Function: Delivers cholesterol to peripheral tissues
*CE to liver
*Peripheral Cells
Apoporoteins: B100
What is the source, function and apoproteins in HDL?
Source: Liver
*Removes "used cholesterol from tissues
*Donates apolipoproteins to CM and VLDL
Apoproteins: A1, CII, E
What is the site of action and function of Apo A1?
Site of Action: Blood, plasma membrane

Function: Activates LCAT and CETP; binds to apo A1 receptors on cells requiring cholesterol extraction
What is the site of action and function of Apo B48?
Site of action: Gut

Function: Export of chylomicrons from intestinal cells
What is the site of action and function of Apo B100?
Site of Action: Various cells

Function: Ligand for LDL receptor; export of liver VLDL
What is the site of action and function of Apo CII?
Site of Action: Capillary walls

Function: Activates lipoprotein lipase
What is the site of action and function of Apo E?
Site of action: Liver

Function: Receptor ligand - clears remnants, IDL, and HDL
What are the similarities and differences between apoB100 and apoB48?
-Same gene
-ApoB48; 49% of apoB100 in size
-ApoB48 is produced exclusively by the intestine:
*result of tissue-specific expression of an mRNA-editing enzyme activity (editase)
*a substitution of thymidine (T) for cytidine (C) creates a premature stop codon
What are chylomicrons?
-largest of the lipoproteins
-Most triglyceride-rich
-Least dense
-Relatively short-lived
-Nearly absent in the fasting state
What are the characteristics of chylomicrons?
-Assembled in intestinal mucosal cells
-Enter the lymphatic system then blood via the thoracic duct
-Contain apoprotein B48; acquire other apoproteins from high density lipoproteins (HDL).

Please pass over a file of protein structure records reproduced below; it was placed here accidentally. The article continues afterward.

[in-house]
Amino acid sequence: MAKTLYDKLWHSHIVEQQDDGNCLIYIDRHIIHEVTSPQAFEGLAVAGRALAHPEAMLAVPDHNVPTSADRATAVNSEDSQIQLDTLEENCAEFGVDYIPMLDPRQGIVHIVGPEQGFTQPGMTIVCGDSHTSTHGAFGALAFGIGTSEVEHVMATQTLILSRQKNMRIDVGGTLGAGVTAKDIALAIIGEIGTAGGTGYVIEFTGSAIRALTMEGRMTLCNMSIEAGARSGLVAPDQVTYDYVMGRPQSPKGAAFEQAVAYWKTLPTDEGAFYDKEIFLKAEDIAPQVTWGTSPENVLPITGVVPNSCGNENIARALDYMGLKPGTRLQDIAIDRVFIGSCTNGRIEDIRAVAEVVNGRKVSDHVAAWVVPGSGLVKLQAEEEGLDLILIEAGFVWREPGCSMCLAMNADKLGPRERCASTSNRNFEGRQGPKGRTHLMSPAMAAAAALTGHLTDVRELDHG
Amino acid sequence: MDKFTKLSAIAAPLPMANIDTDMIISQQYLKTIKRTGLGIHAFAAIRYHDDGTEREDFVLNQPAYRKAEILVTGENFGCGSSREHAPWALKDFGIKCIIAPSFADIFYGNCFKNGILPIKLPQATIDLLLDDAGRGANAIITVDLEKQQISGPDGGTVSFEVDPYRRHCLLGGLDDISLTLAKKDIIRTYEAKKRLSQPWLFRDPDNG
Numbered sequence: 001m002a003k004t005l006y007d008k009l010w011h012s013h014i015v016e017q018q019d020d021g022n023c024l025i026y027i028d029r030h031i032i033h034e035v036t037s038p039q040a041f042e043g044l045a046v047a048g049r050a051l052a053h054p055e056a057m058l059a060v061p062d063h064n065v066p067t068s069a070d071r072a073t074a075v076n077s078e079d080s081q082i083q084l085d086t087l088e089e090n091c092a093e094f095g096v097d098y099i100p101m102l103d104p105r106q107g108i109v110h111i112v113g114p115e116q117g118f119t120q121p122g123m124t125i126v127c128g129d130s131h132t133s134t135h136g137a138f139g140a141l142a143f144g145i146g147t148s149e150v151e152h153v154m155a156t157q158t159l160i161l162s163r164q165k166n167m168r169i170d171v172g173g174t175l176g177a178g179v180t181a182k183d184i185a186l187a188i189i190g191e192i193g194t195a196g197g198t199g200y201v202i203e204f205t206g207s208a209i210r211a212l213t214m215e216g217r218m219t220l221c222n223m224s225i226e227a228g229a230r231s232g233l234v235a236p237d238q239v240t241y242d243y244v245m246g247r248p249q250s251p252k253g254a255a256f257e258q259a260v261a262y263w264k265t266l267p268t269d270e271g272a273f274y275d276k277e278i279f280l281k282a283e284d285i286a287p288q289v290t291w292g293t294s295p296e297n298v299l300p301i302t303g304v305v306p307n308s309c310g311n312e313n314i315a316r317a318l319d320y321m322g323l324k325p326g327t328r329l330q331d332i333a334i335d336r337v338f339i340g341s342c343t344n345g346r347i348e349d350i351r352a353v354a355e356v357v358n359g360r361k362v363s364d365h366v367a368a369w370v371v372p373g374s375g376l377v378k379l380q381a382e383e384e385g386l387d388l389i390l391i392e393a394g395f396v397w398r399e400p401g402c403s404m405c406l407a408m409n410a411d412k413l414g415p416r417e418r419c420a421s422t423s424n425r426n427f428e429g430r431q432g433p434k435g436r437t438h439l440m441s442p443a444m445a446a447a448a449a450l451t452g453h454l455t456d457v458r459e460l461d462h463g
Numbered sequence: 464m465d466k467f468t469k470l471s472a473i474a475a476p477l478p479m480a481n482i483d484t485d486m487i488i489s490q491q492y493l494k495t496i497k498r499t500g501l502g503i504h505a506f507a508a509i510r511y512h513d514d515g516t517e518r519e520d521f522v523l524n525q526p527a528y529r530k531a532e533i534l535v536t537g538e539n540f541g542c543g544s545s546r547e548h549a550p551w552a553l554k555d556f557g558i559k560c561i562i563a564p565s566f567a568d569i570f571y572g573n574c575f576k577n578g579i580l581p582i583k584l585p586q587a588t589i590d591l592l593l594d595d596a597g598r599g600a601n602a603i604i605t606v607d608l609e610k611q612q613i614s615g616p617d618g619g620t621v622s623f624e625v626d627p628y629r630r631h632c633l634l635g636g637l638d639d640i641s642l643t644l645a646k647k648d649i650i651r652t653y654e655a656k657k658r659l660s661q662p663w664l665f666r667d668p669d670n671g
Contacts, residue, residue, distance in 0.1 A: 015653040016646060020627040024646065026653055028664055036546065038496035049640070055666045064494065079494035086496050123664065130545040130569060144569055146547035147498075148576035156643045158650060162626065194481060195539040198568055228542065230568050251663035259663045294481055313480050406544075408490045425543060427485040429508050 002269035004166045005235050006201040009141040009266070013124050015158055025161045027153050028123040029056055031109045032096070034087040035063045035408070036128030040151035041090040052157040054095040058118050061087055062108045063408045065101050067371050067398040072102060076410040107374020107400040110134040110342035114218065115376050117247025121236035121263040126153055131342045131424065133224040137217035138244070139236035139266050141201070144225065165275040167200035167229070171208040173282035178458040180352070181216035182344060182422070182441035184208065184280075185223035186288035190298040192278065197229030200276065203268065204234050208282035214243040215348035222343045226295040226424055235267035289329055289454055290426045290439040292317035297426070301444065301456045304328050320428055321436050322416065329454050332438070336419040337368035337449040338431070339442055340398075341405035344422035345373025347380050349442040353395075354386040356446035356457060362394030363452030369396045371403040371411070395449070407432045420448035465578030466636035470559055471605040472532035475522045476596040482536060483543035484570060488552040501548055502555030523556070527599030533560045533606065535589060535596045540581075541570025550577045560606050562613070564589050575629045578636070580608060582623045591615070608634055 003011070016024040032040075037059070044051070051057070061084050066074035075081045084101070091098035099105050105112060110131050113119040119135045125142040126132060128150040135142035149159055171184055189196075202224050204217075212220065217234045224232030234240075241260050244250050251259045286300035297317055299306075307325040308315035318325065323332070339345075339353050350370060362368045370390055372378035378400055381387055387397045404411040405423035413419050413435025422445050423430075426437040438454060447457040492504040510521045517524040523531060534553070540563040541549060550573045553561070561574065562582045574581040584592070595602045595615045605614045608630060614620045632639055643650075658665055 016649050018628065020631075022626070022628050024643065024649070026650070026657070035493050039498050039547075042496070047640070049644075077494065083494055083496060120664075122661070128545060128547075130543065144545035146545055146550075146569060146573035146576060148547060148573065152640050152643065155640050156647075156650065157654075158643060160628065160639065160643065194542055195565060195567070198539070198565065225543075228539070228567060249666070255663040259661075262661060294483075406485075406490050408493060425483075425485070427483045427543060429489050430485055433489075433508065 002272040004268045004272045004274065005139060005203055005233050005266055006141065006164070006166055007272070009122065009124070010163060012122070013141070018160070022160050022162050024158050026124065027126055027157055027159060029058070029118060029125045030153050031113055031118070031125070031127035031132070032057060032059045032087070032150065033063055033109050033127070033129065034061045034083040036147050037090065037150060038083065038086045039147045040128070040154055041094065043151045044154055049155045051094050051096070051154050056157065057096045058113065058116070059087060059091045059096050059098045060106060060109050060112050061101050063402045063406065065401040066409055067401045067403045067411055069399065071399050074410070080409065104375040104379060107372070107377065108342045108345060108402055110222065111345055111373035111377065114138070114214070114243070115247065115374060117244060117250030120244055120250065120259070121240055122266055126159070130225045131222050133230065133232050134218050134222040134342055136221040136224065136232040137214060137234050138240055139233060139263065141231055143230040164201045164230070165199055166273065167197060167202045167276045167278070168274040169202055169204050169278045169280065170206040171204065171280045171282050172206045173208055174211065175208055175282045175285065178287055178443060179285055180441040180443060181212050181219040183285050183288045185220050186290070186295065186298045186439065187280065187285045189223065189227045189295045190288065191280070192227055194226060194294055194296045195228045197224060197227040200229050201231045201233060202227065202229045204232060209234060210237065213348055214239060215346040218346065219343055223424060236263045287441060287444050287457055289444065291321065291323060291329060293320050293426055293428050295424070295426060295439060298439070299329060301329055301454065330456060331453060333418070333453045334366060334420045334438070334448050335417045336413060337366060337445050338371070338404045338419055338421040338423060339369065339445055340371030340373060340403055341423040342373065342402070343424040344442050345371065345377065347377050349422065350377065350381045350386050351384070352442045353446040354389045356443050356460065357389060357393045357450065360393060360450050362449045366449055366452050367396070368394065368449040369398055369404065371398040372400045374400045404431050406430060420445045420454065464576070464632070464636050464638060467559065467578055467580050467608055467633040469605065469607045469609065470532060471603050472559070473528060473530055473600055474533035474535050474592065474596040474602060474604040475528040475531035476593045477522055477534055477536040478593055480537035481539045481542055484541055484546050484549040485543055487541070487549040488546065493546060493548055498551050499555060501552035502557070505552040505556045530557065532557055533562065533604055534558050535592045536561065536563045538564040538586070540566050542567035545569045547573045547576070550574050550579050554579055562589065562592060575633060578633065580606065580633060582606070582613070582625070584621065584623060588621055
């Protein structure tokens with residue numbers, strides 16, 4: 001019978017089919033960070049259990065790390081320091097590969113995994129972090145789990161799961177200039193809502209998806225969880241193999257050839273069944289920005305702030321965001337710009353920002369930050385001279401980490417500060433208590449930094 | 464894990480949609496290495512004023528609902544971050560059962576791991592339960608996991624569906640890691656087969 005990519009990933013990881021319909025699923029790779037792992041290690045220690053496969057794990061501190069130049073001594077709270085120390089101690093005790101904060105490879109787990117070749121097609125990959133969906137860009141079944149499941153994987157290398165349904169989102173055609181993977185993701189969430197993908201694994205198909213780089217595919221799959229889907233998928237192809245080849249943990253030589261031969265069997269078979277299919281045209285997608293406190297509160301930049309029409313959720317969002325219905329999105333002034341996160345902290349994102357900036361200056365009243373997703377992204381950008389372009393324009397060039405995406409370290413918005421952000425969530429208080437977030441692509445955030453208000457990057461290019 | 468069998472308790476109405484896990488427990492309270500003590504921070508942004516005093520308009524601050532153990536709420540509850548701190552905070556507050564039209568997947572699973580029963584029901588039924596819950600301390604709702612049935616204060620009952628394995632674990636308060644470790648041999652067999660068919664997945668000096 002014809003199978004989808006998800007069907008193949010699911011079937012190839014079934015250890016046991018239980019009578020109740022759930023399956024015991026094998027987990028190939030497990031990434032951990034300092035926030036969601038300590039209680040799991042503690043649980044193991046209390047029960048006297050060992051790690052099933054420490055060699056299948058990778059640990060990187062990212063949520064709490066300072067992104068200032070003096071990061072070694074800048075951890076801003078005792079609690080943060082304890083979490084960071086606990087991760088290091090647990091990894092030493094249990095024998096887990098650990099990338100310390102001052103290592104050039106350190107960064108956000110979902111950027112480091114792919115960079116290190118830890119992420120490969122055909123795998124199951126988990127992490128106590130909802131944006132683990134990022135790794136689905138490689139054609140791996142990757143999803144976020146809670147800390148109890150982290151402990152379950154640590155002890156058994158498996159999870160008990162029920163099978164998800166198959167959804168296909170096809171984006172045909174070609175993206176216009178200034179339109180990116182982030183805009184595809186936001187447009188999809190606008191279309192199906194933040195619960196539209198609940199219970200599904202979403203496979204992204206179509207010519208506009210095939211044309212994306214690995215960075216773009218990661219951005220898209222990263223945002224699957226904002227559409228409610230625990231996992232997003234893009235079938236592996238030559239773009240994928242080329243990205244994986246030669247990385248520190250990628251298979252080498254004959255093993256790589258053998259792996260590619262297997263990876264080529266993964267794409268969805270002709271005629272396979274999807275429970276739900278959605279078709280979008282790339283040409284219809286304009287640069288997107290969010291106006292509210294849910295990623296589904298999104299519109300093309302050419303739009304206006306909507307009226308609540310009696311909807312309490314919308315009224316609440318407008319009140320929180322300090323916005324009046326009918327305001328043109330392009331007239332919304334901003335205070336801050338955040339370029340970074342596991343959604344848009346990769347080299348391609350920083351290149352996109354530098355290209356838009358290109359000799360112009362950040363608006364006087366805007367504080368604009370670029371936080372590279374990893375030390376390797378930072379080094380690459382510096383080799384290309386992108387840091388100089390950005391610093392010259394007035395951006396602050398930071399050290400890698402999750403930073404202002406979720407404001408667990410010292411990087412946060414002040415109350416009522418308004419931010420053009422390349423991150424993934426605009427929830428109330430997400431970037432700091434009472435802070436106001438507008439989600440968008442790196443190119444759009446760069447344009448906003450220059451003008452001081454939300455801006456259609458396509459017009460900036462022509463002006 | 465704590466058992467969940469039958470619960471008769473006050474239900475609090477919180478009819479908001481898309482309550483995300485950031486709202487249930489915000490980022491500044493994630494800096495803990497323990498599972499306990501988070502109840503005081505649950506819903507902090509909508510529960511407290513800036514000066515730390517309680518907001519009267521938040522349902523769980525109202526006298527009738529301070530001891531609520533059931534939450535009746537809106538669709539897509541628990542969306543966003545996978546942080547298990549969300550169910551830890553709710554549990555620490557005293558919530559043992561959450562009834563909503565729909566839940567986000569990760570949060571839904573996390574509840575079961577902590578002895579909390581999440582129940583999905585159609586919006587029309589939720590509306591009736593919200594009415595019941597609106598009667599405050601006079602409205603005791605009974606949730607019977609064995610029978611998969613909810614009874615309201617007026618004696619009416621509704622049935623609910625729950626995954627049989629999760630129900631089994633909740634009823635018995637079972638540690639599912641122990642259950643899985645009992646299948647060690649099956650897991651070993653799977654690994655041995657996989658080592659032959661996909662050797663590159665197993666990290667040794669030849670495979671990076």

*to the adipose tissue (storage)
*to muscles (for energy)
How are chylomicrons assembled?
-Size of particle depends on the amount of triglyceride available
-Enter secretory vesicles
-Picks up apo A, C and E in plasma
-TG composition closely resembles dietary intake
What do Very Low Density Lipoproteins (VLDL) contain and transport?
-Nascent VLDL contain apo B100
-Contain mostly TG but with a significant amount of cholesterol and cholesterol ester

-Endogenously synthesized TG to the extra hepatic tissues (storage or energy)
What are the characteristics of VLDLs?
-Large lipoproteins
-Triglyceride-rich particles
-Produced by the liver
-Acted upon by LPL to liberate FFA
-Lipolysis creates smaller, more cholesterol ester-rich VLDL remnants
-apoB100 as the major structural apoprotein
How are VLDLs assembled?
-Occurs in the liver:
*hepatocytes, uptake plasma lipoproteins
*hepatocytes secrete VLDL
-Three sources of the fatty acids
*plasma FFA that dissociate from albumin
*from triglyceride-rich lipoproteins that have undergone receptor-mediated endocytosis
*synthesized in the liver de novo
-ER/Golgi same as for chylomicrons
-particles enter secretory vesicles for release in the space of Disse
What are Intermediate-density lipoproteins (IDLs)?
-50% of small VLDL are lipolytically converted to IDL
-Contain apoB100
-Enriched in cholesterol esters
What are the characteristics of low-density lipoproteins (LDLs)?
-95% of protein is apoB100
-70% of the cholesterol in plasma
-From lipolysis of VLDL
-Deliver cholesterol to extra hepatic tissue***